Reviewed by Professor Robert Hamers, University of Wisconsin-Madison
The book ‘Silicon Nanocrystals’, edited by Lorenzo Pavesi and Rasit Turan, is an exceptionally well written compendium of articles describing the state-of-the art in silicon nanocrystals that should be of interest to anyone doing research in the nanoparticle field. The book has a number of exceptionally strong attributes. The first third of the book consists of a series of clear, well written chapters describing the electrical, optical, thermal, and chemical properties of silicon nanoparticles. These chapters are written from a pedagogical standpoint that extends well beyond silicon and should be of strong interest to anyone wanting to learn about the essential theoretical and experimental foundations of nanoparticles.
The book begins with an exceptionally clear and well written chapter by Bulutay and Ossicini on the electronic and optical properties of silicon nanocrystals from a theoretical/computational viewpoint, with basic principles illustrated through comparison of computational and experimental results. A particularly strong point of this chapter is its lucid explanation of computational methodologies, including a critical analysis of the weaknesses and strengths of different computational methods that should be accessible to anyone from graduate students to senior researchers. The authors lead the readers through a clear progression from H-terminated silicon and then systematically introduce the effects of changing the surface chemistry (e.g., oxidation), of doping, and of embedding the nanocrystals in a matrix, and extends beyond linear optics to discuss nonlinear optical properties. Overall, this is an excellent introduction to nanoparticles that should be of interest to anyone working on nanocrystals and gives the book a very strong start.
The next several chapters focus on specific properties in more detail. A chapter on how dopants affect the optical properties of Si NPs, by Fujii, nicely complements the earlier theoretical chapter. A chapter on electronic transport properties of ensembles of silicon nanocrystallites (by Balberg) begins with a clear development of percolation theory and summarizes how transport through systems is expected to vary depending on the nanoparticle density. It includes a scientifically critical analysis of the prior work on measurement of electrical properties of individual nanoparticles and ensembles of particles, followed by a systematic discussion of the electronic properties and how they vary as a function of density. A chapter on thermal properties includes a strong presentation of fundamental of thermal conductivity and of modern methods fo rmeasuring conductivity, including the “3w method”. The surface chemistry silicon nanoparticles is important in a number of different applications, and the book includes a good, albeit somewhat short, summary of some of the approaches taken to modify the surfaces of silicon nanoparticles. Chapter 7, on the role of Si nanocrystals in astrophysics, brings in a large body of literature from the astrophysics community that is not well known among chemists and physicists. In particular, it highlights a possible connection between silicon nanoparticles and the extended red emission that is observed in some cosmic environments. Additionally, it draws some connections between silicon nanoparticle growth in the cosmos and in the laboratory- for example, the growth of Si nanoparticles by disproportionation of SiO into Si + SiO2.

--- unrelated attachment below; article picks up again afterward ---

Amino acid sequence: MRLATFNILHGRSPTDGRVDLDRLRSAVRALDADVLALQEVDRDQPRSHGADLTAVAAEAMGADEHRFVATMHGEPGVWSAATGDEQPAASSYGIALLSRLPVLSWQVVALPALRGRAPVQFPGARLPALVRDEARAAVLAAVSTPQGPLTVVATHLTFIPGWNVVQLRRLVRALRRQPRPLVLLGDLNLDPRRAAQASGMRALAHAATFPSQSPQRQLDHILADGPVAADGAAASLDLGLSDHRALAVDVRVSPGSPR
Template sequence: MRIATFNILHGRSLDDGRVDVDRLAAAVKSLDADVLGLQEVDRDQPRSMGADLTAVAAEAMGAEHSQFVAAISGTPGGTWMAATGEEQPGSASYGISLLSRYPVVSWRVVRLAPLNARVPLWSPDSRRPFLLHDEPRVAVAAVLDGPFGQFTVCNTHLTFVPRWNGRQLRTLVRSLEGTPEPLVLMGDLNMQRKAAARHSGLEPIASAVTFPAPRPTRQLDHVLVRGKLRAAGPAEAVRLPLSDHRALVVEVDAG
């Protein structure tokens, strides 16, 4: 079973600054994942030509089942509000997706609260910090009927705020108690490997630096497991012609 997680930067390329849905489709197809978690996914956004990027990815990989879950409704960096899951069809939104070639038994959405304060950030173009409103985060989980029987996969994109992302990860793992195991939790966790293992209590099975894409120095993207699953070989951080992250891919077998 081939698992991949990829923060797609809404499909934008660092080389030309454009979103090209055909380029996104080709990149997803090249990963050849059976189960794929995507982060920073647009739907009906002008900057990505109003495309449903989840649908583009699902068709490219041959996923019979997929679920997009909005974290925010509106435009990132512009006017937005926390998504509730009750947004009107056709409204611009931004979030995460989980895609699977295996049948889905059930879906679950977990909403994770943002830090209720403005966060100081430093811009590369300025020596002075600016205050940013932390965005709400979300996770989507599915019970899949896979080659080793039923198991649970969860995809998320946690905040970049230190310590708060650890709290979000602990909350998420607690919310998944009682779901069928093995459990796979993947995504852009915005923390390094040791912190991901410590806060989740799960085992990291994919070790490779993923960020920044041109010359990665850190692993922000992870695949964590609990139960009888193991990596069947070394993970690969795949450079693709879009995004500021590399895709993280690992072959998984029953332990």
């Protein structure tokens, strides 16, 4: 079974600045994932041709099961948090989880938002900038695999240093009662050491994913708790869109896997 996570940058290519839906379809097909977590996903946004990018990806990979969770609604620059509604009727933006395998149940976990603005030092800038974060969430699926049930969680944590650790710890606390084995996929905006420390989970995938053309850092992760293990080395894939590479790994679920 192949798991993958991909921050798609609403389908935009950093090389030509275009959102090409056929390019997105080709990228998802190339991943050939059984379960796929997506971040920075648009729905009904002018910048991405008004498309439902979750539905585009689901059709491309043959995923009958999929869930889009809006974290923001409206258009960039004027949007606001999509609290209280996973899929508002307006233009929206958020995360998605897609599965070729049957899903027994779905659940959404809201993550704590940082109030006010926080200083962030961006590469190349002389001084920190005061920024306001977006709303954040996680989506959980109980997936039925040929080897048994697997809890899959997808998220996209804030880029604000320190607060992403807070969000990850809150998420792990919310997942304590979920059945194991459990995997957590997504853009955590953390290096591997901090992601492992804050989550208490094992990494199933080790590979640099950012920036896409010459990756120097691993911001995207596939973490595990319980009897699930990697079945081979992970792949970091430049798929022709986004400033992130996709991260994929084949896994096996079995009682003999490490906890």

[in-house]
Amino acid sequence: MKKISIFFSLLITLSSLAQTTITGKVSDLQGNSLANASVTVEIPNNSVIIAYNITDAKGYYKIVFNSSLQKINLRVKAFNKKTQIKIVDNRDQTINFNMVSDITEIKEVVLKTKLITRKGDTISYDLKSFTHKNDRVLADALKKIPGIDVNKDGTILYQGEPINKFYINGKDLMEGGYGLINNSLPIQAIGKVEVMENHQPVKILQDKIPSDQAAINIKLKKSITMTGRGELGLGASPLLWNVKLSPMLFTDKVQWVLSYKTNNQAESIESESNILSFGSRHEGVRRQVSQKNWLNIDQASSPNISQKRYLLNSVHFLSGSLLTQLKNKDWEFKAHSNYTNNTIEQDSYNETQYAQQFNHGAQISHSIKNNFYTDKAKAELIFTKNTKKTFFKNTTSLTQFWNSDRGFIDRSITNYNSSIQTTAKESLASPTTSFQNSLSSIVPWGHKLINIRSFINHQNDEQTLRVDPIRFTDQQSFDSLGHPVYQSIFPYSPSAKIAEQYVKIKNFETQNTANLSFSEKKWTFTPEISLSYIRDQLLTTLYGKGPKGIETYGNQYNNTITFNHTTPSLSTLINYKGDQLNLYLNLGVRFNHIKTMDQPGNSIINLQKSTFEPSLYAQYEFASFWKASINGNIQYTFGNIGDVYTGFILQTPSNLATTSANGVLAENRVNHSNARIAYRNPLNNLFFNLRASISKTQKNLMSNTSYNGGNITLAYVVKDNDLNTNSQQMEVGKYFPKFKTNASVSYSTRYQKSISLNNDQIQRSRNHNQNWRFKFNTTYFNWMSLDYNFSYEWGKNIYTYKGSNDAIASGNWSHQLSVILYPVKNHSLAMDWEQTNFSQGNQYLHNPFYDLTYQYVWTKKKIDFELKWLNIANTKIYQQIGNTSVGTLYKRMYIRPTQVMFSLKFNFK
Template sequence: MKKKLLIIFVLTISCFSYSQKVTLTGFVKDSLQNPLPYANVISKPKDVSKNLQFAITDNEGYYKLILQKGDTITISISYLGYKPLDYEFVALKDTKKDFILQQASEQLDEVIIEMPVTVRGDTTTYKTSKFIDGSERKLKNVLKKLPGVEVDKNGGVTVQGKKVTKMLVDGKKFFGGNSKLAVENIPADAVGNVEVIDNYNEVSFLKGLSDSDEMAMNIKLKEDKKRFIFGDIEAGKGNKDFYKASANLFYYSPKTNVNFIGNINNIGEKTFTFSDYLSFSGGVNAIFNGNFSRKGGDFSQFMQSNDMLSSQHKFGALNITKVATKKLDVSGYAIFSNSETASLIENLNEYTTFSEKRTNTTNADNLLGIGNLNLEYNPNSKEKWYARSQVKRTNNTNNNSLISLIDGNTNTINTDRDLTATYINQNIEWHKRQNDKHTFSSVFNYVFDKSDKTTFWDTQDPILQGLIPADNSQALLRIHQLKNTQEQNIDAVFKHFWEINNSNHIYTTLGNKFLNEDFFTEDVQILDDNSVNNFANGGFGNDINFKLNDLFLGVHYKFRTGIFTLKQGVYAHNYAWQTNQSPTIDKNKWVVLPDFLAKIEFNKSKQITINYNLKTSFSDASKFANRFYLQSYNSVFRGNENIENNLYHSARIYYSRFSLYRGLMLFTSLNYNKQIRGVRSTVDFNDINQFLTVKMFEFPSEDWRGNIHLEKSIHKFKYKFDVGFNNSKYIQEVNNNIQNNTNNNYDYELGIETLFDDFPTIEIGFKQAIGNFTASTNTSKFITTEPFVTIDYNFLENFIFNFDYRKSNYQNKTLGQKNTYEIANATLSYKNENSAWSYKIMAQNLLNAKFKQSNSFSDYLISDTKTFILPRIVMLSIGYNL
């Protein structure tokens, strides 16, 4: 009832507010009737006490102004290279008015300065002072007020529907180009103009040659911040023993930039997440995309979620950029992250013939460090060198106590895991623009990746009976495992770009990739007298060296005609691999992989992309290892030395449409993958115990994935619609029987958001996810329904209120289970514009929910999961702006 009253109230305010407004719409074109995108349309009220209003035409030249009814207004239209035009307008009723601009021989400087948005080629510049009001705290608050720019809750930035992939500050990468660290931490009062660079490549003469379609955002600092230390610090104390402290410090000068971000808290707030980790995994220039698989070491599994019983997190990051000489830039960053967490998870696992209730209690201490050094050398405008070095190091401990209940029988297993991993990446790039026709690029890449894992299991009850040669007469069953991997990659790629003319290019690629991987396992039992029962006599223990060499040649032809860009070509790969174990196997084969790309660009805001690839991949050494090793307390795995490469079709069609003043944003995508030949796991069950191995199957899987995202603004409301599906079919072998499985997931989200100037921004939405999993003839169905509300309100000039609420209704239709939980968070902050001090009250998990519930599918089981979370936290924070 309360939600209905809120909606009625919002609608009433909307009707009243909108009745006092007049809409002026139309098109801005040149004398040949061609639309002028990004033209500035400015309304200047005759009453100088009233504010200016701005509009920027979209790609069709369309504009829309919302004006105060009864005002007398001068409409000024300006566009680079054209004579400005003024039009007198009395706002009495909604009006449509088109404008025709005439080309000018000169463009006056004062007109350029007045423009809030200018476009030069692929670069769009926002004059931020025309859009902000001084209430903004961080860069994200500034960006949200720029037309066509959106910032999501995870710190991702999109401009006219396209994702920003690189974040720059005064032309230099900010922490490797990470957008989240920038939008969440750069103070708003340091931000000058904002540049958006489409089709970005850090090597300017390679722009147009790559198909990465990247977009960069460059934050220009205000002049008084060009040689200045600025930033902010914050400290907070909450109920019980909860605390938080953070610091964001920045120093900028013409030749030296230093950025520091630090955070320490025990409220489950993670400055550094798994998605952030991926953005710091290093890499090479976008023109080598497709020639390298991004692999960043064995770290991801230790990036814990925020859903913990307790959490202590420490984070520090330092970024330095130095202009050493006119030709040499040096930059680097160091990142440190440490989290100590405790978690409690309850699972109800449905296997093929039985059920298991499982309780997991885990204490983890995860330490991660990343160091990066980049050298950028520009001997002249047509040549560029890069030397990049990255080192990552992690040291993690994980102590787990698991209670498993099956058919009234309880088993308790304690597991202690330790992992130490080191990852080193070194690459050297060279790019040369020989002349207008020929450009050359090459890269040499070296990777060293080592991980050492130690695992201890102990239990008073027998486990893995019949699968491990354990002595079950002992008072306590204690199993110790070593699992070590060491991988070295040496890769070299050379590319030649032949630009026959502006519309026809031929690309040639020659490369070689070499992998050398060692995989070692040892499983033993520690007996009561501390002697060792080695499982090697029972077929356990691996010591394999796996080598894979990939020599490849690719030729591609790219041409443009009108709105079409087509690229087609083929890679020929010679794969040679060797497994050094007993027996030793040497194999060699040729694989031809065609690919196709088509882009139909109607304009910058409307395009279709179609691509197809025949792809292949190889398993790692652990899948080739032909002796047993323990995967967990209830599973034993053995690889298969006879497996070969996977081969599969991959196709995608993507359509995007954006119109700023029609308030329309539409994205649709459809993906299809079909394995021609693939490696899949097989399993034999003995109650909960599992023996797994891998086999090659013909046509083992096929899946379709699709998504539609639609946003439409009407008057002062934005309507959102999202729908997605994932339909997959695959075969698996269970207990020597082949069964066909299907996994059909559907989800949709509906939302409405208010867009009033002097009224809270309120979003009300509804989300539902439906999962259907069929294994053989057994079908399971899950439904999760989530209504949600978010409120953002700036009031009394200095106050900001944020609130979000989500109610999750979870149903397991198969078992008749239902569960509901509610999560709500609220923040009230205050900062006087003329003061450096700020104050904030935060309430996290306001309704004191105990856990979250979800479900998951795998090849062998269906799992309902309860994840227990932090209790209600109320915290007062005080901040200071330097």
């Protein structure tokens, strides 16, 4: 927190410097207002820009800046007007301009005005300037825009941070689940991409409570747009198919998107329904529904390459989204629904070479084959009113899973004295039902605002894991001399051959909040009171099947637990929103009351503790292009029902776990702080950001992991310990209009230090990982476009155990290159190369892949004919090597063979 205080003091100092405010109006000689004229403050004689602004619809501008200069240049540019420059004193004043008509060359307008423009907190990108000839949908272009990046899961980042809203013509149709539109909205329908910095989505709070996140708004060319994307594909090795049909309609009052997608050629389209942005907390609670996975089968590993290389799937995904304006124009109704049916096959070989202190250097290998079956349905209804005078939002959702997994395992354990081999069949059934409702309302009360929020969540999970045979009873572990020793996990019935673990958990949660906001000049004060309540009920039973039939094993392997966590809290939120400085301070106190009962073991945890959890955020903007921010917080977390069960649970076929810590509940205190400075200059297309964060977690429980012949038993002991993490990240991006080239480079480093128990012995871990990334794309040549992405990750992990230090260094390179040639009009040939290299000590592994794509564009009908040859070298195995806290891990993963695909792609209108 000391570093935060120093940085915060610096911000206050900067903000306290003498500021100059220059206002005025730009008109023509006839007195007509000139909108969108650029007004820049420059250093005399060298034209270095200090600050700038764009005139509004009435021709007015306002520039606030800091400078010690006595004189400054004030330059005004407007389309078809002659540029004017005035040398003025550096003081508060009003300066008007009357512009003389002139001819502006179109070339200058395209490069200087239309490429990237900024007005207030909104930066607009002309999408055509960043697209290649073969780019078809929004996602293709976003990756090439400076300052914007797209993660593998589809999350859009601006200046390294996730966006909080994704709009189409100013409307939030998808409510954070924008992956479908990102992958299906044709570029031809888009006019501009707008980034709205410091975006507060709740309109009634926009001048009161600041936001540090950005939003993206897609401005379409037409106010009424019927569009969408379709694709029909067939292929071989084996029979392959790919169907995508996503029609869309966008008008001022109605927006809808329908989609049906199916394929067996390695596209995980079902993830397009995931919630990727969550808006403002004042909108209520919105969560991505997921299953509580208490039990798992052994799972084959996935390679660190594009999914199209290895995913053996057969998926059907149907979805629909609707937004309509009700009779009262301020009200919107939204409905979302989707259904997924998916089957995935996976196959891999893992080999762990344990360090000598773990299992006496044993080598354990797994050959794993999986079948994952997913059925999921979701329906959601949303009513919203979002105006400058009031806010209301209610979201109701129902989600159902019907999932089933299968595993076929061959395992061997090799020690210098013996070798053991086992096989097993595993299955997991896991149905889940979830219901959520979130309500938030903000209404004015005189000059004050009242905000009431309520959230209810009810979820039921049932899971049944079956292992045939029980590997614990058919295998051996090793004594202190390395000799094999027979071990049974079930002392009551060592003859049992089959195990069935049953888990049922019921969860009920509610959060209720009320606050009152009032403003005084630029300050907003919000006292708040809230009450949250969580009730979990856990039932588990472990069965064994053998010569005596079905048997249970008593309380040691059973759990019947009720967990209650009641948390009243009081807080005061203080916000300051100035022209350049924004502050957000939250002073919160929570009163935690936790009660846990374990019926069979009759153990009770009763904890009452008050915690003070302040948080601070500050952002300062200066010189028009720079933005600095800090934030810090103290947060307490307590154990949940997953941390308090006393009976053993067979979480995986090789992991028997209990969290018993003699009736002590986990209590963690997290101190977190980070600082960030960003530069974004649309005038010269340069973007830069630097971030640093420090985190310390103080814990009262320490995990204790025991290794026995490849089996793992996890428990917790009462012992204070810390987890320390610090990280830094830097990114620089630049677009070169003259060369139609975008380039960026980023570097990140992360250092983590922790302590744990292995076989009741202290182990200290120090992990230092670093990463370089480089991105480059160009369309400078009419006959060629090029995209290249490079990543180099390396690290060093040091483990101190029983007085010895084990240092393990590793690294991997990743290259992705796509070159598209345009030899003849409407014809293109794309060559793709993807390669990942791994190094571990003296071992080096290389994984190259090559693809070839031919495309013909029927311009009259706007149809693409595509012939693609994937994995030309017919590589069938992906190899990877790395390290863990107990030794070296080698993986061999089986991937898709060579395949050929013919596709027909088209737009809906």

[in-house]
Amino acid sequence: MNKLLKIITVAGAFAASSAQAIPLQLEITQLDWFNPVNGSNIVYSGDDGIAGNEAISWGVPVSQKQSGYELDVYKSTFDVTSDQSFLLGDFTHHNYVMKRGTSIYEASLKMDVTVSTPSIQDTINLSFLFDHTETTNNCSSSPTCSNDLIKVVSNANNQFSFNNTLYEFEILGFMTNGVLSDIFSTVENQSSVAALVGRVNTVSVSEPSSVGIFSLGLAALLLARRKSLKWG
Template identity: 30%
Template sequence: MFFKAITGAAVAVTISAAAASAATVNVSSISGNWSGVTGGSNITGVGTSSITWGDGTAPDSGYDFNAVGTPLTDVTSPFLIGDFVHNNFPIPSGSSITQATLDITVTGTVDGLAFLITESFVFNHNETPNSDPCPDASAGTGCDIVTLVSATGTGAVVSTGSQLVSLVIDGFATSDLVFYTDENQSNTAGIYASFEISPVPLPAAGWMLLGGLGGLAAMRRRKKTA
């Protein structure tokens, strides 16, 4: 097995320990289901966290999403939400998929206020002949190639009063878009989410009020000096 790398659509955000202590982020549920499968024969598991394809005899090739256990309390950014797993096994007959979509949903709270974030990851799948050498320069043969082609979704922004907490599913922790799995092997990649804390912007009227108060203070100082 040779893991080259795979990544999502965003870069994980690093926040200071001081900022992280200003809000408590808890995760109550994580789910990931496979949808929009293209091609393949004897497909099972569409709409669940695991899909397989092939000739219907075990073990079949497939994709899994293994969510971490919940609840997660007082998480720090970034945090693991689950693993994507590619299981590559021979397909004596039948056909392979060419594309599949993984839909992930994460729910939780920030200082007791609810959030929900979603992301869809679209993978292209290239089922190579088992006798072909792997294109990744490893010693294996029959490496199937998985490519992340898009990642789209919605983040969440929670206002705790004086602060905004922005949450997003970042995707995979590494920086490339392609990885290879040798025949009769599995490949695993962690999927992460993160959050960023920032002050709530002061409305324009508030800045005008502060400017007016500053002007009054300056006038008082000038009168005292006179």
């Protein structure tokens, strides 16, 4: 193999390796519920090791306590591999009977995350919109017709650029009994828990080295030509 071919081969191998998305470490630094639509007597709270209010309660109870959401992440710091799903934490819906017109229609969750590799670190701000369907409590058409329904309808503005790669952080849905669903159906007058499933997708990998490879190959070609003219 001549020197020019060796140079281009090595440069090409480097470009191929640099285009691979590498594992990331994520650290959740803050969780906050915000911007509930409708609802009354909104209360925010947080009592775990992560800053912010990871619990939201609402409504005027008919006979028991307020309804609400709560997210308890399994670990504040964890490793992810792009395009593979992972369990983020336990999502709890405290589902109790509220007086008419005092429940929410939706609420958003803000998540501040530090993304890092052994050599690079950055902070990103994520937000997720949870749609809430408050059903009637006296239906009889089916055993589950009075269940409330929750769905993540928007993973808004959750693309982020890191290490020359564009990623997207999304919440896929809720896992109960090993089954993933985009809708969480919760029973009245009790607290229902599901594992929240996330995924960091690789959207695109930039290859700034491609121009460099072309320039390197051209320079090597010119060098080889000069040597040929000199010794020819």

Later chapters focus on the synthesis and characterization of silicon nanoparticles and also include chapters on many of the potential applications of silicon nanocrystals in sensing, flash memory, photovoltaics, explosives, solid-state lighting, and optical communications. These individual chapters are necessarily more tightly focused on silicon, but taken as a whole the topics cover nearly every property of silicon nanoparticles.
What makes this book so refreshing is that most of the chapters are not simply reviews of the authors’ own work, but are instead written more from a strong pedagogical standpoint, with the salient points illuminated by specific comparisons and through many references to the scientific literature. This is particular true in the earlier parts of the book, as much of the pedagogy is not unique to Si but can be applied to almost any nanoparticle. In that respect, this book is one of the best publications I have seen describing the many unique properties of nanoparticles in general.
The earlier chapters of this book will be useful reading for anyone doing research in any type of nanomaterial, while the latter ones will be more valuable to those working in the Si nanoparticle field. Overall, it is hard to find any significant criticism of this book except possibly to note that there are some topics that it does not include. One omission some readers will notice is the absence of any substantial discussion of lower-dimensional structures such as 1-dimensional nanorods (nanowires) and 2-dimensional nanosheets. In addition, silicon nanoparticles and nanowires are of increasing importance as anodes for lithium-ion batteries, and coverage of this topic is absent. These are small omissions in an otherwise-excellent book and could perhaps serve as the nucleus for a second volume. This is a book that belongs on everyone’s bookshelf.